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Being from New York, I have little past earthquake experience, but Thursday's quake gave my office a good shake. It started at 1:15 p.m. (central time), and it came on suddenly, rather than working steadily up to its 6.2-magnitude. The ground waved a bit, walls swayed and a few objects fell over. Aftershocks followed throughout the afternoon. Just down the block, the court building and other government offices were told to evacuate — and got the rest of the day off.
However, few people in the city of San Jose, where I was, seemed to comprehend the actual severity of the quake closer to its epicenter, near a popular tourist site about 55 km from the capital, Poas Volcano.
Then news from the National Emergency Commission came pouring in: hundreds stranded, landslides, hydropower plants and water sources damaged. Next day, it became clear that several charming rural communities had turned to "ghost towns," as the local media called them. These included not very well known names to foreigners, Cinchona and Los Cartagos.
The Tico Times put together a pretty moving online Photo Report
I visited a shelter yesterday in the area of Heredia, north of San Jose, where 160 people are sleeping in primary school classrooms, and Black Hawk helicopters on loan from the United States and Colombia flew overhead. Each time the chopper's pounding staccato sound was heard flying by it put evacuees even more on edge, because police said the helicopters were carrying dead bodies.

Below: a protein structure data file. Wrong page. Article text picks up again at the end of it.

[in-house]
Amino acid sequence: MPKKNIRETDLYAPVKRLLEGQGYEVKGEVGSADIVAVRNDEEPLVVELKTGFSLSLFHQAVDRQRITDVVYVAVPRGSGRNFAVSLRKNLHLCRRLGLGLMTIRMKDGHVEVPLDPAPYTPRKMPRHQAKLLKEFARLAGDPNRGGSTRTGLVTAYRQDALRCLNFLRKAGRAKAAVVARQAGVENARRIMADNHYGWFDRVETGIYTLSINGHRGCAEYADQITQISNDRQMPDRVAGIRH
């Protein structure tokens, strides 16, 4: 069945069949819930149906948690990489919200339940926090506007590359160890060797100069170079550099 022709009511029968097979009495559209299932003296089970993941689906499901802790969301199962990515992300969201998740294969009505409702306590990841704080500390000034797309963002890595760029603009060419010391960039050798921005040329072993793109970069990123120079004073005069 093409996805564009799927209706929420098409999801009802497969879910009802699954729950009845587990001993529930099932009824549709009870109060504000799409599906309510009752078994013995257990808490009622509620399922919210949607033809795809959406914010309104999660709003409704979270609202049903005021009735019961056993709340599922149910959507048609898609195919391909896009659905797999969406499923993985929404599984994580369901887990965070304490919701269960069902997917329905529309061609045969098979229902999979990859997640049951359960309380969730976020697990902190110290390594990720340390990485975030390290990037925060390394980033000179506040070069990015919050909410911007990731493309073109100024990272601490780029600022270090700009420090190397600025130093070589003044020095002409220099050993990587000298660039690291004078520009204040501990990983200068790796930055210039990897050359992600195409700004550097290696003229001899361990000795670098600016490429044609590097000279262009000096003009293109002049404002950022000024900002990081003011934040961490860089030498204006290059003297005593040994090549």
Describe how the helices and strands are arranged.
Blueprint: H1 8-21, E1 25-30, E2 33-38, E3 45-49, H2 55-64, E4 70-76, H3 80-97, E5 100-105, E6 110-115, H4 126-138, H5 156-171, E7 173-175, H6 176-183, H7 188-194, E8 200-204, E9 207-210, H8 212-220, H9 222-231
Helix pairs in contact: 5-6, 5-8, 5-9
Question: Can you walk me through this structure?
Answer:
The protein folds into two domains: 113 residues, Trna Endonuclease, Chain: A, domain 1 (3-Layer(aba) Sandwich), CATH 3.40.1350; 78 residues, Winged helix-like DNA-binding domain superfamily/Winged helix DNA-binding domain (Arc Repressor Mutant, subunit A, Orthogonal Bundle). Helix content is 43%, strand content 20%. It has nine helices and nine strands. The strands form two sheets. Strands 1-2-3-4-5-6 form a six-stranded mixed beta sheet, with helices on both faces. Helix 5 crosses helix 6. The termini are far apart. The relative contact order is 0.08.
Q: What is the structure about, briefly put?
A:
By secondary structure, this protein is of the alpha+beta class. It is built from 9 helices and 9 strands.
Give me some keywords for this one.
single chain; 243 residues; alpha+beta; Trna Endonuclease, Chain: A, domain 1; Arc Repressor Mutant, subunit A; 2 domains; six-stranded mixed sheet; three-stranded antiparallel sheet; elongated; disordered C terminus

The "official" death toll has fluctuated dramatically, perhaps highlighting the chaotic nature of the relief effort, or even a disjointed strategy by several emergency and humanitarian agencies and police. By this morning the Red Cross said 19 were dead, and police had identified 10 by name.
The shelter dwellers were also concerned about their property and belongings they left behind. Crime is still on everybody's minds here, and even in a time of national tragedy, it continues to stab at wary citizens' nerves. Police yesterday caught two people allegedly carrying stolen jewelry and cash away from evacuated homes.
It's been a rude awakening into 2009 for the Ticos indeed.
Here's an email I got from someone who was right by the volcano when the quake occurred:
"We had just gotten off the observation deck when the quake hit. The ground raised 3 feet to the right then 4 feet to the left. I was thrown from 15 feet! We got to experience the whole evacuation and intensity of the grave situation. People running, screaming, laying on the ground." — Mark Davis